Is there a more venerated New York sandwich than the bodega egg-on-a-roll, that whole-is-greater-than-the-sum-of-its-parts marvel and bedrock of urban culinary life? As you might expect with something so vital to the city’s lifeblood, the sandwich has become inspiration for countless chefs. And whether or not you consider tinkering with the original form a criminal act, as many do, you can’t deny that the best interpretations add something delectable to the category — be it Korean-spiced mayo, Jewish-style smoked meat, North African tomato sauce, or boutique-butcher beef fat. The common denominator: love and respect for the classic. Here are the 20 absolute best new-wave models.
2. Southside Coffee’s Southside
652 Sixth Ave., at 19th St., Greenwood Heights; 347-927-4870
Southside’s eponymous breakfast sandwich is two organic eggs scrambled in lots of butter, Heritage Meats ham, melted Cabot Cheddar, pickled red onions, and the clincher: a fiendishly good concoction consisting of maple syrup, Dijon mustard, and George Howell coffee grounds emulsified with oil and egg yolks into a super-savory substance called “breakfast mayo.” Pretty much the entire flavor spectrum of the American breakfast table on a toasted Balthazar Bakery brioche bun.
3. C&B Cafe’s Chorizo-and-Egg
178 E. 7th St., nr. Ave. B; 212-674-2985
At his breakfast-all-day café, former Daniel cook Ali Sahin scrambles eggs as punctiliously as some chefs bake soufflés. He’s no slouch at sausage-making either. His egg-and-chorizo on a puffy housemade roll is the best breakfast sandwich in the East Village. The housemade merguez with egg and Cheddar is the second-best.
4. Saltie’s Ship’s Biscuit
378 Metropolitan Ave., nr. Havemeyer St., Williamsburg; 718-387-4777
The eggs are cooked with ricotta, seemingly by some advanced scrambling technique yielding ultracreamy results, and barely contained within a split of excellent, sea-salted focaccia. That’s the Zen perfection of Saltie’s Ship’s Biscuit. No bells. No whistles. No meat.
5. The Breslin’s Oven-Baked 3-Cheese Sandwich
20 W. 29th St., nr. Broadway; 212-679-1939
Someone counted wrong. This April Bloomfield artery clogger actually consists of four cheeses: raclette, manchego, and montrachet layered between two slices of crusty filone, plus grated Parmesan packed onto the outside of the bread. When cooked in a pan then finished in the oven, the inside gets all oozy like a gourmet grilled cheese, while the exterior crisps up like a Friulian frico. Get it with optional house-cured ham and a runny-yolk huevo sunk into the middle of the sandwich, and you have a sort of supersized croque madame crossed with an off-the-charts egg-in-a-hole. Bonus tip: Not only can you order the same sandwich in the adjacent Ace Hotel lobby; there’s also a knockout lobby-exclusive bacon-egg-and-cheese on a butter-toasted English muffin. It comes in a little paper bag like a ShackBurger, so you can take it to go.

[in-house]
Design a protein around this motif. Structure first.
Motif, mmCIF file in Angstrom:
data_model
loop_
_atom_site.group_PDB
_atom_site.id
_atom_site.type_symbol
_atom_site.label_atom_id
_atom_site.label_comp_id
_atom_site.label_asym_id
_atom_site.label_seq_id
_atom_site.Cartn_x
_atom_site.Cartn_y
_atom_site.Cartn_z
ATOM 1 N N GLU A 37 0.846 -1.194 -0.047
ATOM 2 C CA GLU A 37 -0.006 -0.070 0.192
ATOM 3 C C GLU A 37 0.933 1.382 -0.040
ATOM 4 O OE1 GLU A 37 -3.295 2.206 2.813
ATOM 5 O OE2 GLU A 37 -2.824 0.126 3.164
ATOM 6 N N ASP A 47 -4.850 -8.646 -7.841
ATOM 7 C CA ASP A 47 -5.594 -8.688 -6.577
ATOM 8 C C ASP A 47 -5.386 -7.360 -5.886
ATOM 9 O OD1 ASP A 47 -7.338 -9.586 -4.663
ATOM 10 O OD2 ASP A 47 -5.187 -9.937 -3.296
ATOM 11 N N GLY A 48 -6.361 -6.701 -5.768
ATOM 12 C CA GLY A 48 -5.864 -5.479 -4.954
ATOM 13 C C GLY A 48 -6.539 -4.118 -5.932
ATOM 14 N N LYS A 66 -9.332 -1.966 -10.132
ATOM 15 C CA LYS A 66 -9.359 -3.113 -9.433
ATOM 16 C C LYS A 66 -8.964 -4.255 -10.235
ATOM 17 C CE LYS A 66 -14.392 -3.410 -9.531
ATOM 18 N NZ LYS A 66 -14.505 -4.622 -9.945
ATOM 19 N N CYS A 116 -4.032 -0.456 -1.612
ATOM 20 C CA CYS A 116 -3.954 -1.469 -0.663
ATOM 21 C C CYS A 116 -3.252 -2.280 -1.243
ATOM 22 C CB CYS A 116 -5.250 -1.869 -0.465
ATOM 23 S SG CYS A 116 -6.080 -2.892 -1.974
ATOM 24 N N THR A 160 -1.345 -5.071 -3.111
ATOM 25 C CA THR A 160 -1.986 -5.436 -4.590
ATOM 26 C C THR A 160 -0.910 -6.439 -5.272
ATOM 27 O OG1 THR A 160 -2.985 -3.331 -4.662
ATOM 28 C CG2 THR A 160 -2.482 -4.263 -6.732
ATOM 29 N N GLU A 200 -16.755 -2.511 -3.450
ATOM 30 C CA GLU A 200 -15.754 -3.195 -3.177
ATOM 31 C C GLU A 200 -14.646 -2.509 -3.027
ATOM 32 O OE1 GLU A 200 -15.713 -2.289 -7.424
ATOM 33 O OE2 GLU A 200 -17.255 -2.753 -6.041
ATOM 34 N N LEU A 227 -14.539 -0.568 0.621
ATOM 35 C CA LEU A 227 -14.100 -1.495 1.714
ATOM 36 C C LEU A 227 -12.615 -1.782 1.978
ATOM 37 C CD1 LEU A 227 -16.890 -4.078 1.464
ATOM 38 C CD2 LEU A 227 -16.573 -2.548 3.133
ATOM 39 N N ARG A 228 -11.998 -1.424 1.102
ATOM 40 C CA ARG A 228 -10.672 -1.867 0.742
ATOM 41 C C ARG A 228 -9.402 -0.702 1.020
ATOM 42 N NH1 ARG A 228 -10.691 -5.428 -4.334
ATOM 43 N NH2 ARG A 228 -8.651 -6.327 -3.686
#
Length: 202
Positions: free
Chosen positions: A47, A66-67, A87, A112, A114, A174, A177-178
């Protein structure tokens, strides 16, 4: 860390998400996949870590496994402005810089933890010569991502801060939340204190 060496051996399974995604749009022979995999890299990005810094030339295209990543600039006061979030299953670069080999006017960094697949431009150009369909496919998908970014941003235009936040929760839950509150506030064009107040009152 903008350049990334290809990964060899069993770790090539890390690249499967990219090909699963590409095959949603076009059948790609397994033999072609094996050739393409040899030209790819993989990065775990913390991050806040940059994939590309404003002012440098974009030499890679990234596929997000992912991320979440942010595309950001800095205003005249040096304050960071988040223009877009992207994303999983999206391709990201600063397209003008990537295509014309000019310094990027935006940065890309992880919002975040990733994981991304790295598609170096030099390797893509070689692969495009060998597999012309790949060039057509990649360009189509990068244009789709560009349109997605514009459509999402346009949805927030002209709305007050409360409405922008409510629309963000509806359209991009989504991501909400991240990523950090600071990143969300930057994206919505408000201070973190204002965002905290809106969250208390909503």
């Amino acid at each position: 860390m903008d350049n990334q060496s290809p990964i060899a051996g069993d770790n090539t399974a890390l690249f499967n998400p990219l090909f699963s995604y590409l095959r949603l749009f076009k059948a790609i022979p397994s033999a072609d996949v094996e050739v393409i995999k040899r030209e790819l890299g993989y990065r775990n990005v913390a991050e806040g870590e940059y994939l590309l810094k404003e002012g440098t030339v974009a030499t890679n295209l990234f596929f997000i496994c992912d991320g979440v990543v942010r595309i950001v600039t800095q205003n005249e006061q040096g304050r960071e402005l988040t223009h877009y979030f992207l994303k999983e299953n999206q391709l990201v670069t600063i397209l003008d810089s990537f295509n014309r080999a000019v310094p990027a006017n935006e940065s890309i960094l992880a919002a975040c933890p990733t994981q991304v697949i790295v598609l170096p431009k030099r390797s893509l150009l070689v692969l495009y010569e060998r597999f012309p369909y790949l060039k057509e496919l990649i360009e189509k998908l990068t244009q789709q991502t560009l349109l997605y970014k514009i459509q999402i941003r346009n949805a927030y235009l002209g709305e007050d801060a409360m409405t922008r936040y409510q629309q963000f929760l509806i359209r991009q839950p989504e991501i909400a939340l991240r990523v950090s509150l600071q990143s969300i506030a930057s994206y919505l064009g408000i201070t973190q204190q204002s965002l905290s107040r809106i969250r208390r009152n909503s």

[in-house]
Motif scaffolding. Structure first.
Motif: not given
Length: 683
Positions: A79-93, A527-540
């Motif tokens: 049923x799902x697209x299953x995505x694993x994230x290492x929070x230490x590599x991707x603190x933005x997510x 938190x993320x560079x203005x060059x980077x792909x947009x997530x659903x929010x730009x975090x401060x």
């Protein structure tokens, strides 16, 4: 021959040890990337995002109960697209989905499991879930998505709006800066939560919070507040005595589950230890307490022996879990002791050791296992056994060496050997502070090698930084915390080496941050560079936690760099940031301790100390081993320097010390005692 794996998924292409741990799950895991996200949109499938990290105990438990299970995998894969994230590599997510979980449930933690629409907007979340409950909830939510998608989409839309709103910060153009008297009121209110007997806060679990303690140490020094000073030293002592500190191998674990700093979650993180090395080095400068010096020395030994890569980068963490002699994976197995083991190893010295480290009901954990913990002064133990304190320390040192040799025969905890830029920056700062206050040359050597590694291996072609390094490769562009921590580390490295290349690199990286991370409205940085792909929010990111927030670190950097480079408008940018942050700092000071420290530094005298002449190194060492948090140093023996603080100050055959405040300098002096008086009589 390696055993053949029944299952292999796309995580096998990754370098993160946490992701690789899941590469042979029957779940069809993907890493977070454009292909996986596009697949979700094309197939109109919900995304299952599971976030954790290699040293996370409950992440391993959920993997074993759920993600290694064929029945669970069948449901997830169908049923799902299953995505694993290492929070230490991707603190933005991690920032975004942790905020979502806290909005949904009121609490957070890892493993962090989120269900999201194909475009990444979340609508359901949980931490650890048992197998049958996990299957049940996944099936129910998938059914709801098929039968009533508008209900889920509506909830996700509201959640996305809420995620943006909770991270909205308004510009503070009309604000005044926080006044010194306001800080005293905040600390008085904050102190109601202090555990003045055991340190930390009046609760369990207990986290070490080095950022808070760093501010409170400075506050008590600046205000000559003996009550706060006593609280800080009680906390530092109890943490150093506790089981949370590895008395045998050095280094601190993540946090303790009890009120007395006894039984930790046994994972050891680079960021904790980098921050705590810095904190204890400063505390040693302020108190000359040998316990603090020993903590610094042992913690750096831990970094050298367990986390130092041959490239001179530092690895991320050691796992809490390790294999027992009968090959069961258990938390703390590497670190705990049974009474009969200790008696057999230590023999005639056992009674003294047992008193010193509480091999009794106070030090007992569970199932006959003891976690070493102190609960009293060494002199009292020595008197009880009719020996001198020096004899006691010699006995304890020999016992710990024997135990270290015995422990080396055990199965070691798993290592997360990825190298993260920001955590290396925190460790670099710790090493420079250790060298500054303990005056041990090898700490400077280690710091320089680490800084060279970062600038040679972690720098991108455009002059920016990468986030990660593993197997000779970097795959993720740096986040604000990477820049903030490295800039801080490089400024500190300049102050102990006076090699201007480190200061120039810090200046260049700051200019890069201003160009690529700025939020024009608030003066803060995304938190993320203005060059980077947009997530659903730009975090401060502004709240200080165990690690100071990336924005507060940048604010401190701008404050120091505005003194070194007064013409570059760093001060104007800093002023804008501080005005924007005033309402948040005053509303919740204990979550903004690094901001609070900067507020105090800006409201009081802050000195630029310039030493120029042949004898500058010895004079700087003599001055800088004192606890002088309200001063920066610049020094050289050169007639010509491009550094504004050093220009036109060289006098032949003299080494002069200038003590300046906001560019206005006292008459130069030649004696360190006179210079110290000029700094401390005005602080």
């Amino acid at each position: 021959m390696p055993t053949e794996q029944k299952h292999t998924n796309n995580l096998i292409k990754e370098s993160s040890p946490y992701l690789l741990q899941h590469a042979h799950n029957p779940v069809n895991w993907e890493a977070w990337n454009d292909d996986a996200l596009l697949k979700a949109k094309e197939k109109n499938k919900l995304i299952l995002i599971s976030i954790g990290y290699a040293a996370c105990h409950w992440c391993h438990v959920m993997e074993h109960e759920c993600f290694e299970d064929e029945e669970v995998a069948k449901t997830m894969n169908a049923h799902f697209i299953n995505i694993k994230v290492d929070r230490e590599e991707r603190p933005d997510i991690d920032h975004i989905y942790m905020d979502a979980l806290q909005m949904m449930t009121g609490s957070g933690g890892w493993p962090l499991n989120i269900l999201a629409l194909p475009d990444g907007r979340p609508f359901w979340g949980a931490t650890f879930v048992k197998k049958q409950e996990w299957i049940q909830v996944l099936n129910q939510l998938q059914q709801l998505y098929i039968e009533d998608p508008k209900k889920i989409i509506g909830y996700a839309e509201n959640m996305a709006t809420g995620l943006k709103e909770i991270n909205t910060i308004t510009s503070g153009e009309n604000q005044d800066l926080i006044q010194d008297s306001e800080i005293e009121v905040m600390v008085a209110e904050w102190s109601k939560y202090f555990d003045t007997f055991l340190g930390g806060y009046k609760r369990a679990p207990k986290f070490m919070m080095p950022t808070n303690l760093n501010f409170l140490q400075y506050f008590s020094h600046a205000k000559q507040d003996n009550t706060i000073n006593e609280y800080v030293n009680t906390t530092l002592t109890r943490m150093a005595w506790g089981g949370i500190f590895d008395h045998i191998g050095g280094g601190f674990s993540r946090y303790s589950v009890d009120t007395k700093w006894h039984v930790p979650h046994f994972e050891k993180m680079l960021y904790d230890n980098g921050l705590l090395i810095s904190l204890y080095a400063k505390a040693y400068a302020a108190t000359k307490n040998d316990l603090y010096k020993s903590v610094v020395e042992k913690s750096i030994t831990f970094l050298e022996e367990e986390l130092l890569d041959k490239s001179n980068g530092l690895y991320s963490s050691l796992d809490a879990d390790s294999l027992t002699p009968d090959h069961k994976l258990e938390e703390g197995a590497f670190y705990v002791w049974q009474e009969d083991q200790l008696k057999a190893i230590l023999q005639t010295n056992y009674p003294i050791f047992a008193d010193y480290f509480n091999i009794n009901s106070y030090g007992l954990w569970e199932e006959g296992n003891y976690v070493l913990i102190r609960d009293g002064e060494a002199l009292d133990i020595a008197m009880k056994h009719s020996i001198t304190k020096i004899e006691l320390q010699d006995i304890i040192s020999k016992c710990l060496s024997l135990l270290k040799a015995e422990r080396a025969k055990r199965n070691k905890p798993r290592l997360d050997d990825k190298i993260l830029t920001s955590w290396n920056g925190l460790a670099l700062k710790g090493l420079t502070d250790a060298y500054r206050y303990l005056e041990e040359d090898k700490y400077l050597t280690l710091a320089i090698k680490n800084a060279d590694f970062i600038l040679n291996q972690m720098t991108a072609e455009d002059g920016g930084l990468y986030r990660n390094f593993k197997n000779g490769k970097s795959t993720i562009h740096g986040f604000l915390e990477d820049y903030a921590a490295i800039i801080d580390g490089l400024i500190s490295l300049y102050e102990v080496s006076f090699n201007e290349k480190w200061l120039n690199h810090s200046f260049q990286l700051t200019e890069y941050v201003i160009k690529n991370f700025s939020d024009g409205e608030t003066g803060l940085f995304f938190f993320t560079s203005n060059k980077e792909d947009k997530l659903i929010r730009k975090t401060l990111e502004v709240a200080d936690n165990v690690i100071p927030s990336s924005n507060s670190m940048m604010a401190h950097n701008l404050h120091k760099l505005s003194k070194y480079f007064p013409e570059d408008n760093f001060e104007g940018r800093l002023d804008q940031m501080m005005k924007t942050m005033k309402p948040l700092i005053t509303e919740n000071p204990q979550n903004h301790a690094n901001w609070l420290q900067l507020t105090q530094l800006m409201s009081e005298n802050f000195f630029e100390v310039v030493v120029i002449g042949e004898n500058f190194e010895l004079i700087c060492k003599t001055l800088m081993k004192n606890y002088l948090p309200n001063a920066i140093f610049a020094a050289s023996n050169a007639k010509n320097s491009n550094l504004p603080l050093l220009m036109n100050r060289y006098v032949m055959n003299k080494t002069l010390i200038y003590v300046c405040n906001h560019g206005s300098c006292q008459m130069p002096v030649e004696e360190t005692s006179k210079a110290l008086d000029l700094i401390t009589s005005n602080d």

6. Daily Provisions’ Italian
103 E. 19th St., nr. Park Ave. S.; 212-488-1505
What makes a breakfast sandwich Italian? For Carmen Quagliata, who took flavor inspiration from his grandma’s frittata, there’s the Cubanelle peppers, sautéed in basil and garlic; the raw spinach, tossed with a Pecorino-Parmesan mix and house “wake-up” sauce; the mozzarella and provolone melted onto the top and bottom insides of the toasted bun; and the ricotta in the dough itself. And then there’s the fried egg, its yolk just runny enough.
7. Eggslut’s Fairfax at Chefs Club Counter
62 Spring St., at Lafayette St.; 646-438-9172
The L.A. egg-sandwich purveyor has set up shop as a three-month pop-up at the casual spinoff of the revolving-celebrity-chef restaurant, Chefs Club, which means New Yorkers finally have access to chef Alvin Cailan’s signature Fairfax sandwich — a pile of chive-flecked eggs as masterfully scrambled as any we’ve ever seen, plus Cheddar, sriracha mayo, and sweet caramelized onion on a Maison Kayser roll.
8. Irving Farm’s Shakshuka on a Roll
135 E. 50th St., nr. Lexington Ave.; 646-649-3263
How do you translate the flavors of the North African skillet-eggs dish into a portable breakfast? If you’re Danielle Dillon, late of La Vara and currently charged with overhauling the menu of this coffee-shop chainlet, you transform the spiced tomato sauce into a condiment to slather on toasted ciabatta, change the runny-yolk eggs to chive-speckled soft-scrambled, and — taking a page from the Mexican torta — crown it all with a thatch of cilantro.
9. Estela’s Egg, Pancetta, and Avocado Sandwich
47 E. Houston St., nr. Mulberry St.; 212-219-7693
Ignacio Mattos’s brunch-only take on the breakfast sandwich: pancetta, smashed avocado, and a fried egg on a Bien Cuit poppy-seeded pastry made with almond cream and enough butter to fell an ox. It’s what a Burger King Croissan’wich dreams of becoming.
10. High Street on Hudson’s Bodega
637 Hudson St., at Horatio St.; 917-388-3944